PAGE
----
It’s So Easy to Root for Women Who Cheat … Onscreen
TV and movies are a lot more forgiving to them than real life.
Infidelity has always made me squirm. Although I’ve softened my deal-breaker stance on it in recent years, I still tend to cling to the “Once a cheater, always a cheater” point of view when I’m watching it go down onscreen. Well, actually, that depends on the cheater — or rather, her gender.
Women cheated in at least three of the series I’ve binged on in the past year — Atypical, Sex Education, and Love, Victor — and I forgave them well before they earned absolution from their partners (and in two cases, their especially unforgiving daughters). It’s an old TV-viewing habit: The same thing happened when Dawson Leery’s mom stepped out on his dad in the early seasons of Dawson’s Creek and when Carrie Bradshaw ping-ponged between Big and Aiden in Sex and the City the series and the second movie. I even gave Sarah Jessica Parker a quick pass after her character broke her wedding vows in her follow-up HBO series, Divorce.
Maybe it’s the fact that I love all three actresses who played the unfaithful ones over the past year (Jennifer Jason Leigh in Atypical, Gillian Anderson in Sex Education, and Ana Ortiz in Love, Victor), but would I have been so forgiving if their cuckolded guys had been the ones to stray? Would the writers even have expected that of me?
Is it just me or do male main characters come across as far less redeemable when they cheat on TV and in movies — as in, say, Showtime’s The Affair, or the 1995 film Waiting to Exhale? The writers typically make them pay far weightier prices. Jeremy Irons had to lose everything in 1992’s Damage to balance the scales. Meanwhile, Juliette Binoche, his partner in cheating, got a gorgeous exit scene. Binoche’s philandering husband in Trois couleurs: Bleu lost his life at the beginning of the 1993 drama, well before we even found out he’d been cheating. In Fatal Attraction, Glenn Close had to go homicidal for Michael Douglas to get an ounce of sympathy.
Unlike in real life, cheating men on TV and in movies have to work a lot harder than women for absolution. If he leaves his wife for another man, we’re expected to be sympathetic (and so is the wife), but heaven help the male movie or TV husband or boyfriend who strays with a woman. He’d better be prepared to suffer before viewers or the writers give him a pass.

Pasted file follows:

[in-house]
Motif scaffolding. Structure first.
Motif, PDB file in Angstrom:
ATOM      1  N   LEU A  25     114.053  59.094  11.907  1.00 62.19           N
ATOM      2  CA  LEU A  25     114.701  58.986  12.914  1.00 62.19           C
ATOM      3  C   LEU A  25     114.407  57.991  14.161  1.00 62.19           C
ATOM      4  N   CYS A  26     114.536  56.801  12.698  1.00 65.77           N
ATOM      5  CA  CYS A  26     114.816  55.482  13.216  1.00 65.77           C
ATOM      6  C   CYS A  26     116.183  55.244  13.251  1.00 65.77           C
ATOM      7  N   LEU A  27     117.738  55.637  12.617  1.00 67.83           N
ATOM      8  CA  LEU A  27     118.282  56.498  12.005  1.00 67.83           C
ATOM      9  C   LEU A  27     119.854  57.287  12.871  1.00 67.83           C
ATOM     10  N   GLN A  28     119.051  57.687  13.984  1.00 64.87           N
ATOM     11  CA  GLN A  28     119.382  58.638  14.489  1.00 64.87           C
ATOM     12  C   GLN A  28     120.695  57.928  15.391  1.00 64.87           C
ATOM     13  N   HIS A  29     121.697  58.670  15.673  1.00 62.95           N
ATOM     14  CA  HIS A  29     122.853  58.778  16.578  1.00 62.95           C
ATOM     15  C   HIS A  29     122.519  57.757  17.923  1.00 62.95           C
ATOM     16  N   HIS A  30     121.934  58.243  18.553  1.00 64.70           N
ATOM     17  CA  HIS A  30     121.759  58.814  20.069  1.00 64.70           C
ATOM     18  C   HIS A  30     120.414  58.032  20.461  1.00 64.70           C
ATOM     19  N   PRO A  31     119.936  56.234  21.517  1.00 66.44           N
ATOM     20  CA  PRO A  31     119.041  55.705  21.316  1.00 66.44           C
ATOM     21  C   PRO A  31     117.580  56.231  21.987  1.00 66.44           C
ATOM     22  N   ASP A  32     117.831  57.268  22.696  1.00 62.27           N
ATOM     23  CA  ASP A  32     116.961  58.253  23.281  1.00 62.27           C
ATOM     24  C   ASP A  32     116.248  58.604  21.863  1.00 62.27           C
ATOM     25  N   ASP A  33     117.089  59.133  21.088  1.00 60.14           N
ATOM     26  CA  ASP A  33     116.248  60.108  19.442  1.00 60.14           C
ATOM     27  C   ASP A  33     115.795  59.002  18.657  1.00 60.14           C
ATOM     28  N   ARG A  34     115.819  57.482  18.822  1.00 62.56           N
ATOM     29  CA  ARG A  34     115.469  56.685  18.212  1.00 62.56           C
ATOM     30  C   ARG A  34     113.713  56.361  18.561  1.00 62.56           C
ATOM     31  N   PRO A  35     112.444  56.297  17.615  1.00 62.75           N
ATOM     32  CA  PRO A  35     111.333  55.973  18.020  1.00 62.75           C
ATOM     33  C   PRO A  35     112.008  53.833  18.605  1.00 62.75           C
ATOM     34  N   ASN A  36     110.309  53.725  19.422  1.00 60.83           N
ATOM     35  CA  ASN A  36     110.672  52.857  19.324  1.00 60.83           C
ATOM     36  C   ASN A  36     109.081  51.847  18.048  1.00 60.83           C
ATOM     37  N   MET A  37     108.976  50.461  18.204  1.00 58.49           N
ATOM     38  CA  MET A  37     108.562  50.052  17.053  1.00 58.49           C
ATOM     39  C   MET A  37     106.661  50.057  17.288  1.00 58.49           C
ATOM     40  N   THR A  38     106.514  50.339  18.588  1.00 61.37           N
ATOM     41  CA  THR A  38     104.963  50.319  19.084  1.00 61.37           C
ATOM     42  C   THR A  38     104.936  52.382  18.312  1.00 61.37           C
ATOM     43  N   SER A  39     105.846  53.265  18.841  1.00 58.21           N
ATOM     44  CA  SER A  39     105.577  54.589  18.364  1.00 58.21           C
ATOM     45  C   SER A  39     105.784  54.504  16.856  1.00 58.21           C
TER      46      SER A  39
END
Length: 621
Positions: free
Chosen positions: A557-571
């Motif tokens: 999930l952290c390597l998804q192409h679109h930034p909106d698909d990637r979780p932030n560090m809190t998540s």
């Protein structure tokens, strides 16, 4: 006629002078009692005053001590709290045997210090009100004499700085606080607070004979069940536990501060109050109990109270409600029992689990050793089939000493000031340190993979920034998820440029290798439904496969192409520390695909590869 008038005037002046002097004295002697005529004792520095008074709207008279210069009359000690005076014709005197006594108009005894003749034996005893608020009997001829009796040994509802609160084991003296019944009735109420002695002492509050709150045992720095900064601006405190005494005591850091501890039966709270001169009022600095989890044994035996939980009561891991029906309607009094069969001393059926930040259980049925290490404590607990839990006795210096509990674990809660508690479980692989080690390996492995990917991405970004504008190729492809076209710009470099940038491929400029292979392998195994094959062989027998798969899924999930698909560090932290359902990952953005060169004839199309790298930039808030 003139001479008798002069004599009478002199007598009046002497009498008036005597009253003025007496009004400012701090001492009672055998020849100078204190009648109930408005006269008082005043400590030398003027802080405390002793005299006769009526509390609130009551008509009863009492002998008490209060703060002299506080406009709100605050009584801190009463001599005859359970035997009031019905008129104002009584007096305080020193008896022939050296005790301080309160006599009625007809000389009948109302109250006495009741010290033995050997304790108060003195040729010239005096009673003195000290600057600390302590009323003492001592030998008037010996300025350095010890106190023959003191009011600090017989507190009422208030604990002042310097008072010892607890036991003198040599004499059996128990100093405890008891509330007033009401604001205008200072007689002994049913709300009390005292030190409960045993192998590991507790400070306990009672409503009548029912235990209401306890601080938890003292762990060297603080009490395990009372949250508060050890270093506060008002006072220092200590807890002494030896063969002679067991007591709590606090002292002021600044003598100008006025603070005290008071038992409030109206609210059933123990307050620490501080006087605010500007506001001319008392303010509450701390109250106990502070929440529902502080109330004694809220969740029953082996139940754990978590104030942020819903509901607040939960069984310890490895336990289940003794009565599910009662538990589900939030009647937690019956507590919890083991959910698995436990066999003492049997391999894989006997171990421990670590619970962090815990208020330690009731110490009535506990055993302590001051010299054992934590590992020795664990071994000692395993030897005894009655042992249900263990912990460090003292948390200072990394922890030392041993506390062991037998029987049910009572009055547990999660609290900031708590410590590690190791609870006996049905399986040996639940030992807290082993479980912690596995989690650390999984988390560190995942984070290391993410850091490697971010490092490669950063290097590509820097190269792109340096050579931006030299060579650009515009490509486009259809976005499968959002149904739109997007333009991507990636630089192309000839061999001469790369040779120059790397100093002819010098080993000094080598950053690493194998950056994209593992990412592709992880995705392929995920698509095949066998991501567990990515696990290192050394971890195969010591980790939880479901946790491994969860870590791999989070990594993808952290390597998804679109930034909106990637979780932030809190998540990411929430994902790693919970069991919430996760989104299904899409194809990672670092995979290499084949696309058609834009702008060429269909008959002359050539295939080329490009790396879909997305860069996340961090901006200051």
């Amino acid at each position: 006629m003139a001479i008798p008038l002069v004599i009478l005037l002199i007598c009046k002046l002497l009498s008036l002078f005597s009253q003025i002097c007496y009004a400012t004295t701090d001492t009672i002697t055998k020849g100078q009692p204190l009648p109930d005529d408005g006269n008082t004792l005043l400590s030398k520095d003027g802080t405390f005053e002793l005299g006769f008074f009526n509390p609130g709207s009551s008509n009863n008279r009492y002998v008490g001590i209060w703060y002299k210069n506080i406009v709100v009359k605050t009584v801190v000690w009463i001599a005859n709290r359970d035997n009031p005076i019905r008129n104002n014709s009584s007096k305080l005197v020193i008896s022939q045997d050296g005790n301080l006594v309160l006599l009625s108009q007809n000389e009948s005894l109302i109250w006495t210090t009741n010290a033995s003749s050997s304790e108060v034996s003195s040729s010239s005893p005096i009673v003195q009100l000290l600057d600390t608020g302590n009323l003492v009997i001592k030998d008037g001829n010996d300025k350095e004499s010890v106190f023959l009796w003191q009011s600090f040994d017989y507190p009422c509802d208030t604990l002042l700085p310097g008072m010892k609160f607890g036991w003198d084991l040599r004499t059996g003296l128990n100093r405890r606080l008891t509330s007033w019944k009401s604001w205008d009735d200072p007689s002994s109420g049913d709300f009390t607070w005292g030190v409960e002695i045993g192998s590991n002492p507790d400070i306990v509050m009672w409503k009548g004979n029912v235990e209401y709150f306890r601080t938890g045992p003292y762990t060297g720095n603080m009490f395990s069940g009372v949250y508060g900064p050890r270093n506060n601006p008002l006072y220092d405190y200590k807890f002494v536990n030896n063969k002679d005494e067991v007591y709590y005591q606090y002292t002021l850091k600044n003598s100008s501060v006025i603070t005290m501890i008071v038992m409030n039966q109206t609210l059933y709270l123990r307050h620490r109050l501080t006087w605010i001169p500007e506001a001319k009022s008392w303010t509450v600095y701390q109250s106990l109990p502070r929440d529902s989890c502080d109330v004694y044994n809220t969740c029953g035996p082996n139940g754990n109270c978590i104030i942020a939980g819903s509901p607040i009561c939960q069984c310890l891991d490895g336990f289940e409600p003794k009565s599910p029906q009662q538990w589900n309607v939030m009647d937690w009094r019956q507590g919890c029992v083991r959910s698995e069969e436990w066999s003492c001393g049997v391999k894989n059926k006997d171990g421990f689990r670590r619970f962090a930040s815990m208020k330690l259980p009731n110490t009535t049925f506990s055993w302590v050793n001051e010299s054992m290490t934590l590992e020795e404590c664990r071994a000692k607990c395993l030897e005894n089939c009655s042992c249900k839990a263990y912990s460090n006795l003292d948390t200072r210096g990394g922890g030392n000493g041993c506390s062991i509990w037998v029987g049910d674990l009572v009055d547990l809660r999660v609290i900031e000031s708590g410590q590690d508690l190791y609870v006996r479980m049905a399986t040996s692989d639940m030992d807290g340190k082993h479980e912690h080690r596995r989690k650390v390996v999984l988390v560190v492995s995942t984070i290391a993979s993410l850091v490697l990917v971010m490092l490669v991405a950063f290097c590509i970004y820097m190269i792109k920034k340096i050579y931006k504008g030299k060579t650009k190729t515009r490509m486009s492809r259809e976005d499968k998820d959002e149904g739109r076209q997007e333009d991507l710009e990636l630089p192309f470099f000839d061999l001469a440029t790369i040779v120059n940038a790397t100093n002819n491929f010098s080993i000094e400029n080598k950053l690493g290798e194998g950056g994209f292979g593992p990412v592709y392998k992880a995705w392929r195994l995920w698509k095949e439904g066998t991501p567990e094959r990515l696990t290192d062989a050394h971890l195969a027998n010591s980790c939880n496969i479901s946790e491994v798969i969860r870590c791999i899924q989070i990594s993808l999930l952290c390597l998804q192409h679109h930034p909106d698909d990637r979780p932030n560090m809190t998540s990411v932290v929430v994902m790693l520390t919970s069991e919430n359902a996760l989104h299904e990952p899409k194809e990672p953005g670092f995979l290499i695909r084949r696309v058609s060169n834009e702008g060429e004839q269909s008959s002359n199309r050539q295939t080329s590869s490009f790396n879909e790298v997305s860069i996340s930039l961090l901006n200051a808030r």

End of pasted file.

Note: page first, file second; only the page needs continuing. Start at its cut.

Can you forgive her?
That’s a lot different than it is here in the real world, where the considerable inequalities that persist between the sexes usually favor men. When it comes to onscreen sexuality, though, women can get away with a lot more than guys, as long as they’re careful to limit their number of conquests (for it’s still far too easy to qualify as a “slut” in the minds of the hopelessly judgmental, onscreen and off).
I’m fairly certain Sam Neill’s cutting (literally) response to Holly Hunter and Harvey Keitel’s dalliance in the 1993 film The Piano would have been positively cheer-worthy if he had been the cheater and she the one wielding that ax.
They can slap a guy without being labeled abusive, they get to come on way too strong in the name of seduction without being labelled predatory, and we more readily forgive them their onscreen infidelities, even if people end up dying for it. Jennifer Aniston didn’t meet her maker because she found Jake Gyllenhaal too hot to resist in the 2002 drama The Good Girl (he did). Kristin Scott Thomas did get a one-way ticket to the upper room after stepping out on Colin Firth with Ralph Fiennes in 1996’s The English Patient (as did both men), but it made her extramarital affair that much more iconic.
Would The English Patient have been such a critically acclaimed sensation, would it have won the Best Picture Oscar, would its central romance have been considered such an epic love story, if Fiennes had been the married one? Would the extreme reaction of Colin Firth as a cheated-on spouse have been more acceptable coming from Kristin Scott Thomas? I’m fairly certain Sam Neill’s cutting (literally) response to Holly Hunter and Harvey Keitel’s dalliance in the 1993 film The Piano would have been positively cheer-worthy if he had been the cheater and she the one wielding that ax.
The division between the onscreen accountability of the sexes became even more clear to me after I watched a documentary on the 1987 film Fatal Attraction on the Biography Channel. Glenn Close kept talking about how she wanted to bring out the humanity of her Alex Forrest character, make her seem as vulnerable as she was vicious. Being the skilled thespian that she is (indeed, more than 30 years later, I still think she should have gone all Alex Forrest on Moonstruck’s Cher for stealing the Best Actress Oscar), Close realized her aspirations — but only to a point.